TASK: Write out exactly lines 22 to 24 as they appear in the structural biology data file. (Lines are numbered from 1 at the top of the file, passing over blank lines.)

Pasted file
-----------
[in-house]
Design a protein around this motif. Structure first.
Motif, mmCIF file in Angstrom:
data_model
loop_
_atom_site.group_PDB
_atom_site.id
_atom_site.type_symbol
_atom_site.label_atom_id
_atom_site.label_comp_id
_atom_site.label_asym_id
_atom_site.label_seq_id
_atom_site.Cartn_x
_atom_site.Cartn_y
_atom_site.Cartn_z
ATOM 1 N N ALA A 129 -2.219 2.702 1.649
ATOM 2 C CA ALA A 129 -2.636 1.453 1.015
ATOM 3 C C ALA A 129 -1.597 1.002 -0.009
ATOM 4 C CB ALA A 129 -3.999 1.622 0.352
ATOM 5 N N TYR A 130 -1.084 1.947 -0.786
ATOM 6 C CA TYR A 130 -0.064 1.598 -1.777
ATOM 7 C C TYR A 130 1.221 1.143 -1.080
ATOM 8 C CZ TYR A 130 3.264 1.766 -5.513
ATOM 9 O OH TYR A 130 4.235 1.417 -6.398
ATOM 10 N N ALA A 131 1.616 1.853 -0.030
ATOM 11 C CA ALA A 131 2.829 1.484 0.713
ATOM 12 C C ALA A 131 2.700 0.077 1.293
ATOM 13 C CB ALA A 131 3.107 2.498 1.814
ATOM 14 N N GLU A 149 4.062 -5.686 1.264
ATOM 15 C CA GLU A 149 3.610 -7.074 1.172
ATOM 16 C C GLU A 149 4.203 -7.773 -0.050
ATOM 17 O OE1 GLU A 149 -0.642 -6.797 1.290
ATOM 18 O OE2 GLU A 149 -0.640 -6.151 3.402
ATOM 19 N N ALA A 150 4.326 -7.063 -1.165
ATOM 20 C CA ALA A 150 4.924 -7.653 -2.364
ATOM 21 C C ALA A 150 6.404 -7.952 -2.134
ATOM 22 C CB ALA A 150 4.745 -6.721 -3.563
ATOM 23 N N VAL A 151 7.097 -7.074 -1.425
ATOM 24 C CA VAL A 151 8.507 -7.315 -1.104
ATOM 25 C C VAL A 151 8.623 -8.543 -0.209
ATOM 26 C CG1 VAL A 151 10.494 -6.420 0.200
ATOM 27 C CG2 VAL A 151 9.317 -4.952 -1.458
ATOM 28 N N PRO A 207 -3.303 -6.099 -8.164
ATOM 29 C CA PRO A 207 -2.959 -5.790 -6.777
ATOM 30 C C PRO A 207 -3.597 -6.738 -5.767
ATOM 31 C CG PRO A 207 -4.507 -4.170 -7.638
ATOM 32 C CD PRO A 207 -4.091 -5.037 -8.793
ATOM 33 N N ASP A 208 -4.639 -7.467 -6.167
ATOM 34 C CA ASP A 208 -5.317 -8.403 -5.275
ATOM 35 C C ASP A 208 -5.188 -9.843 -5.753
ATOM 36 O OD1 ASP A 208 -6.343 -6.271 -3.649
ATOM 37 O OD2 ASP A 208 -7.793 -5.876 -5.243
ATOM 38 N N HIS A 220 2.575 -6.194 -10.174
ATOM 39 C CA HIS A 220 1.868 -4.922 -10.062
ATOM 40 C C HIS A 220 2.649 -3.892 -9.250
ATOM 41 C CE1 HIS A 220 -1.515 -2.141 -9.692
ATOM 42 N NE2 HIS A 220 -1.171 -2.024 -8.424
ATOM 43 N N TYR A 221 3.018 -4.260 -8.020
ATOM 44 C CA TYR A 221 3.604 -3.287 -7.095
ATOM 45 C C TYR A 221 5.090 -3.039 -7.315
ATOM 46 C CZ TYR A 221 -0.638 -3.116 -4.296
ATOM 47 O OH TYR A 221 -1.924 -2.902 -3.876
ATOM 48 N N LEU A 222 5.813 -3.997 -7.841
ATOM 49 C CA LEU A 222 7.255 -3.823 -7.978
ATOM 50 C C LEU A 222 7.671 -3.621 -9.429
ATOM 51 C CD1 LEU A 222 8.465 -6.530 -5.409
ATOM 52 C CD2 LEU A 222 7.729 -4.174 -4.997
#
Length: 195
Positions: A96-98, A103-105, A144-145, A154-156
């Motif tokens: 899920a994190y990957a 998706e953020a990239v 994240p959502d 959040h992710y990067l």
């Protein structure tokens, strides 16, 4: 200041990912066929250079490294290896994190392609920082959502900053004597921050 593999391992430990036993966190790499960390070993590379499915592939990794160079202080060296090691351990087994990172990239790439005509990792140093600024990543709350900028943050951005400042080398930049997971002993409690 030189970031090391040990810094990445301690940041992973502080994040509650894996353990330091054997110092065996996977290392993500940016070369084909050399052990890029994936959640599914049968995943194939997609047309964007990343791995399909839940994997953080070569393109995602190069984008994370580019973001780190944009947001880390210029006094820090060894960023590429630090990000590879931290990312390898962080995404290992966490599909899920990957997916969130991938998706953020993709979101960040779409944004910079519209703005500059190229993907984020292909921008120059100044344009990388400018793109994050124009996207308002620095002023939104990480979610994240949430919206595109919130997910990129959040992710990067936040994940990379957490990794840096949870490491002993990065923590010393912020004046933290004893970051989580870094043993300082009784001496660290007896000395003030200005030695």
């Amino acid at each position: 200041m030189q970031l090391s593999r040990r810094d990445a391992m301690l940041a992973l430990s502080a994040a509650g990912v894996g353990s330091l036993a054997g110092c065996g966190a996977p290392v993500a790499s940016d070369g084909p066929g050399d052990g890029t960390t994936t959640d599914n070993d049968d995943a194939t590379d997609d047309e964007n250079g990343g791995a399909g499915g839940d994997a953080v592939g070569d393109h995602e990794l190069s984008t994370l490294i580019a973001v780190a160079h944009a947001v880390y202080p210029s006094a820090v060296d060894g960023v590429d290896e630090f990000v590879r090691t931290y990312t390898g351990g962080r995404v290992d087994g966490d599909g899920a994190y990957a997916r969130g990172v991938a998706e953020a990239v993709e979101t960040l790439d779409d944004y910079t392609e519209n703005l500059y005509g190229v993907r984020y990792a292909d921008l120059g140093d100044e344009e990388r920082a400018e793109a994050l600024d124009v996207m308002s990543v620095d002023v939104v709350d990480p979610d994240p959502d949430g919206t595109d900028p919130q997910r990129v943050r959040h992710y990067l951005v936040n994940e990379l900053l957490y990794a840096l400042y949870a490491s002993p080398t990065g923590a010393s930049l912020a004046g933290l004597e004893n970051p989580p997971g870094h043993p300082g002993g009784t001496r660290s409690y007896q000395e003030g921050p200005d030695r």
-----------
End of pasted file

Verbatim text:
ATOM 7 C C TYR A 130 1.221 1.143 -1.080
ATOM 8 C CZ TYR A 130 3.264 1.766 -5.513
ATOM 9 O OH TYR A 130 4.235 1.417 -6.398